Making sure you understand the agreement
The payday lender will ask you to sign an agreement. Each province has rules about what must be in the agreement.
It typically includes:
- amount borrowed
- payment schedule
- loan due date
Read your agreement carefully before signing it. Ask the payday lender about anything you don’t understand.
What happens if you can’t pay back a payday loan on time
You may have serious consequences if you don’t make your payments on time.
Depending on the laws in your province, these consequences may include the following:
- the payday lender may charge you a fee if you don’t have enough money in your account
- your financial institution may also charge you an insufficient funds fee (NSF) if you don’t have enough money in your account
- the payday lender may charge you interest on the outstanding amount
- the total amount that you owe, including the fees, will continue to increase
- the payday lender may deal with a collection agency and this may appear on your credit report
- the payday lender or collection agency may sue you for the debt
Provincial laws define what a payday lender may do when trying to collect a loan. This includes when and how often the lender may contact you. It also includes what tactics the lender may use to get you to pay.
If you don’t make your payday loan payments on time, you may get stuck in a debt trap.
Infographic: Payday loans: An expensive way to borrow money!
Text version: infographic
The infographic Payday loans: An expensive way to borrow money! is illustrating an example of what can happen when you take out a payday loan.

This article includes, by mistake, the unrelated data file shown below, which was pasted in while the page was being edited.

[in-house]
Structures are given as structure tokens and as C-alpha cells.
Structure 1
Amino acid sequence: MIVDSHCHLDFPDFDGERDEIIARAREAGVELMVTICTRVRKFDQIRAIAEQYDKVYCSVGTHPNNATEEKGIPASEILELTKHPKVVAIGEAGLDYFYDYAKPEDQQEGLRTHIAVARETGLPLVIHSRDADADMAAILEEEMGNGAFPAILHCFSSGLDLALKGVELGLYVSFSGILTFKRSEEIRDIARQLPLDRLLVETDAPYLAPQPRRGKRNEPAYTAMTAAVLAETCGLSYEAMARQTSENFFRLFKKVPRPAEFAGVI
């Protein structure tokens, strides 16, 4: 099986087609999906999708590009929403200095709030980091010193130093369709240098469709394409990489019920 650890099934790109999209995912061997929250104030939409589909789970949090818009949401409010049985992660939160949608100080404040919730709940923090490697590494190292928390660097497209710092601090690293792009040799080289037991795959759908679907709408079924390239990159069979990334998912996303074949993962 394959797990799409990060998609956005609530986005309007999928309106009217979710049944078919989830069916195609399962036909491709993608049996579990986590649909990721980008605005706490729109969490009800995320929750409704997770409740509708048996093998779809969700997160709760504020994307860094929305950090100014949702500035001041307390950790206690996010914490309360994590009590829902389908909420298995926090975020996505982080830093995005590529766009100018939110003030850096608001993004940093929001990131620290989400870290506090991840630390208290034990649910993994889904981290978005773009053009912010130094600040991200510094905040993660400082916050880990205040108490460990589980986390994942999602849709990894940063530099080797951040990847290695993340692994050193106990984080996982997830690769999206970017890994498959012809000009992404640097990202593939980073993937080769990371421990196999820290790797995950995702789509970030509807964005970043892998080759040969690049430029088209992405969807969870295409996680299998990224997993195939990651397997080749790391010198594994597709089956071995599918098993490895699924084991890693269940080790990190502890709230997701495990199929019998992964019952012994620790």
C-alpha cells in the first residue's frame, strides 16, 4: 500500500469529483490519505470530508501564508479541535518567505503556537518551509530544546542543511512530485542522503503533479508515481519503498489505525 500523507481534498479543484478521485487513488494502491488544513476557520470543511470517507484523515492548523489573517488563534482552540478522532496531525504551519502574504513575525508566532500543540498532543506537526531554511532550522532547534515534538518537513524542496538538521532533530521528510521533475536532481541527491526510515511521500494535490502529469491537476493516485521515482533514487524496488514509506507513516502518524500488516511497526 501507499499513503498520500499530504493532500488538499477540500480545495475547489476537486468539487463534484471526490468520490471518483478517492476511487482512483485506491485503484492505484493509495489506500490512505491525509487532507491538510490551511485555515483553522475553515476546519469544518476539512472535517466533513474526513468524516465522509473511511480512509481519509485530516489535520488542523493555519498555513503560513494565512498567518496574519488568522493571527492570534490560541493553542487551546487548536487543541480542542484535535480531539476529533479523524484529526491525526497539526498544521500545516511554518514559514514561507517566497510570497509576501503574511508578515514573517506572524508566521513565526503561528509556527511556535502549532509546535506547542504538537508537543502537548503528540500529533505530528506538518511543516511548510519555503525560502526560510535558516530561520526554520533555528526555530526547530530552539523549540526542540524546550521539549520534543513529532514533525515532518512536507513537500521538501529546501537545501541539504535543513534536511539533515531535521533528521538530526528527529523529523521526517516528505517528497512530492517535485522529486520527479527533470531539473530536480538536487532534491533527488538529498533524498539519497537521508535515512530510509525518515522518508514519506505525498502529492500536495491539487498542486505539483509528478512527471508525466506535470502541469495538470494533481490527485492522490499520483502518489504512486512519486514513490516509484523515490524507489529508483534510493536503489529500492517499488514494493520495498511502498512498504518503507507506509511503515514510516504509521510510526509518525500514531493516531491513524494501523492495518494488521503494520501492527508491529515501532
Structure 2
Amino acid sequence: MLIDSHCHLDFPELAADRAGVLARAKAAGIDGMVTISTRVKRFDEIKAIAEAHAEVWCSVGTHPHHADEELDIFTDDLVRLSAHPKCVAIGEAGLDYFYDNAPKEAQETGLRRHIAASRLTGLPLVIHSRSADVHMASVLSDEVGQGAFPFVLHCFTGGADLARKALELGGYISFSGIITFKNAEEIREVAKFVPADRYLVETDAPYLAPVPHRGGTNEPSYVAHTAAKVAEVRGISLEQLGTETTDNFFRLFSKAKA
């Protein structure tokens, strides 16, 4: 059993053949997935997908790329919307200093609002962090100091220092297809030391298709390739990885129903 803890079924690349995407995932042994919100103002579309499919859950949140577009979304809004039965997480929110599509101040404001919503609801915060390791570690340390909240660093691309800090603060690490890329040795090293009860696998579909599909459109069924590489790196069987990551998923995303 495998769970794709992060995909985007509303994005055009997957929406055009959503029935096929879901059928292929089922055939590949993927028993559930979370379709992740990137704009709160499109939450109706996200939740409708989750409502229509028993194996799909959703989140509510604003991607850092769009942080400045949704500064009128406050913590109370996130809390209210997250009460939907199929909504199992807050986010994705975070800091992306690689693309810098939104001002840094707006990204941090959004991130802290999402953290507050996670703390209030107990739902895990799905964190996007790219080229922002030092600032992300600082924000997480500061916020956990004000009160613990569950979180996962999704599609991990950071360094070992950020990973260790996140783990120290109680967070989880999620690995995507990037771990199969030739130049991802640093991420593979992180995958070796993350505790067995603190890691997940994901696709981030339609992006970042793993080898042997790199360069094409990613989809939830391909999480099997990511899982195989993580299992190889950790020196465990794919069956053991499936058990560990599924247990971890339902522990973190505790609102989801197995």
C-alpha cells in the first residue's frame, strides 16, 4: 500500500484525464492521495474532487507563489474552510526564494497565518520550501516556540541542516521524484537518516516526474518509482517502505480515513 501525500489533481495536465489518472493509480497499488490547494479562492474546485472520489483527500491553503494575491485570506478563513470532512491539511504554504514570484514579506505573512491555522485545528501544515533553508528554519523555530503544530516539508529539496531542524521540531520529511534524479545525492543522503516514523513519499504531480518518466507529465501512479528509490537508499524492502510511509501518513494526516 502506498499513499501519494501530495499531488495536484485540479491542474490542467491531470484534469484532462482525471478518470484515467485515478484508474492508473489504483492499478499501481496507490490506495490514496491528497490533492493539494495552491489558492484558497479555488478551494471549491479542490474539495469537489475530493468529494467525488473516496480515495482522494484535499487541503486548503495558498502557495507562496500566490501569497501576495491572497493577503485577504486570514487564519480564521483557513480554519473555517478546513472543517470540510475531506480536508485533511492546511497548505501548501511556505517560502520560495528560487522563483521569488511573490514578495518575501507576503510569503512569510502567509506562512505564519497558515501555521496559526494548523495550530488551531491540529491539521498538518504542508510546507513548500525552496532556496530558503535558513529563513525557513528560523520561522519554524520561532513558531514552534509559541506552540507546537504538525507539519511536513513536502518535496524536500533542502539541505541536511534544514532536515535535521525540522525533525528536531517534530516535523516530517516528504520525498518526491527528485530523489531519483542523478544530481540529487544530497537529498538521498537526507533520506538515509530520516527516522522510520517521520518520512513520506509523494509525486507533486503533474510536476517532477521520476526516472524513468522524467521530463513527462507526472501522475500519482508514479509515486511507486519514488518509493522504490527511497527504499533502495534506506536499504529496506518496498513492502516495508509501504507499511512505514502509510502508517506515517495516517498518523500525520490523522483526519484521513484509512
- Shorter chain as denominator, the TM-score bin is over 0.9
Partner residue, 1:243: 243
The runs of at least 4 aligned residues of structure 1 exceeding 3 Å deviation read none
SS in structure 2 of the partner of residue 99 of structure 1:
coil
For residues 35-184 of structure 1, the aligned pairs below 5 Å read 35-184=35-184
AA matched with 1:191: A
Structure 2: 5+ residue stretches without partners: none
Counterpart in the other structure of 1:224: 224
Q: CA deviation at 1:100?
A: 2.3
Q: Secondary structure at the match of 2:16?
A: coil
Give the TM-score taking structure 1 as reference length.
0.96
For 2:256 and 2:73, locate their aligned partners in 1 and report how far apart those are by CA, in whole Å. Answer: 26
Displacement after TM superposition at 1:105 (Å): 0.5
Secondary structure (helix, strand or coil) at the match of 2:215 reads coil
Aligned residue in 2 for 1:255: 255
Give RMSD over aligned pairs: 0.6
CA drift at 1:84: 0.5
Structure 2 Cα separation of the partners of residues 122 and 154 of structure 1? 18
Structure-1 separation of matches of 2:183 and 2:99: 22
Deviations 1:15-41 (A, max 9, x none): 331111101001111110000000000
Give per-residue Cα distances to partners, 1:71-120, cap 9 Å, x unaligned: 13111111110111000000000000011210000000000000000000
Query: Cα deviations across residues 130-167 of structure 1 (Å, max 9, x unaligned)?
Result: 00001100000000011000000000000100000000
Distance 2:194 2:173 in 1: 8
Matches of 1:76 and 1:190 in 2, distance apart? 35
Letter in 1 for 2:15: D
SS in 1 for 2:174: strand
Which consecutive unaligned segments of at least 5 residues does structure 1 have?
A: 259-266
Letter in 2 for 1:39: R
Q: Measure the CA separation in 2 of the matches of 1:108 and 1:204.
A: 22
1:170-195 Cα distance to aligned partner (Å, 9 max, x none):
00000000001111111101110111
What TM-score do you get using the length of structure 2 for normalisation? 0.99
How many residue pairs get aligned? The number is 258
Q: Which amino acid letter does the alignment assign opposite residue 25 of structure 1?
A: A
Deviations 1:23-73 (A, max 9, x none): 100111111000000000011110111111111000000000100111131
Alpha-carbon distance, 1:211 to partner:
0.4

You need $300 for household repairs. You get a $300 payday loan for 2 weeks. Over the 2-week period, you’ll pay $51 in charges, which is equivalent to a yearly interest rate of 442%. You owe $351.
If you don’t make your payment, you pay a $40 penalty. You now owe $391.
Before you make a decision, explore your options.
This example is for illustration purposes only. The $51 in charges is based on a cost of $17 per $100 borrowed. The maximum a Payday lender can charge, including any penalty fees, varies across provinces. Contact your provincial or territorial consumer affairs office for details.
What you can do if you’re stuck in a debt cycle
You may have trouble making ends meet because you can’t pay your debts. Think carefully about the long-term consequences of taking out a payday loan.
Seek advice from reputable sources to explore the different financial options that are available to you. Qualified professionals may help you find the best solution for your financial needs. Their advice is confidential, non-judgmental and often free.
Some options include:
- a financial advisor
- an accredited credit counsellor
- a licensed insolvency trustee or an insolvency lawyer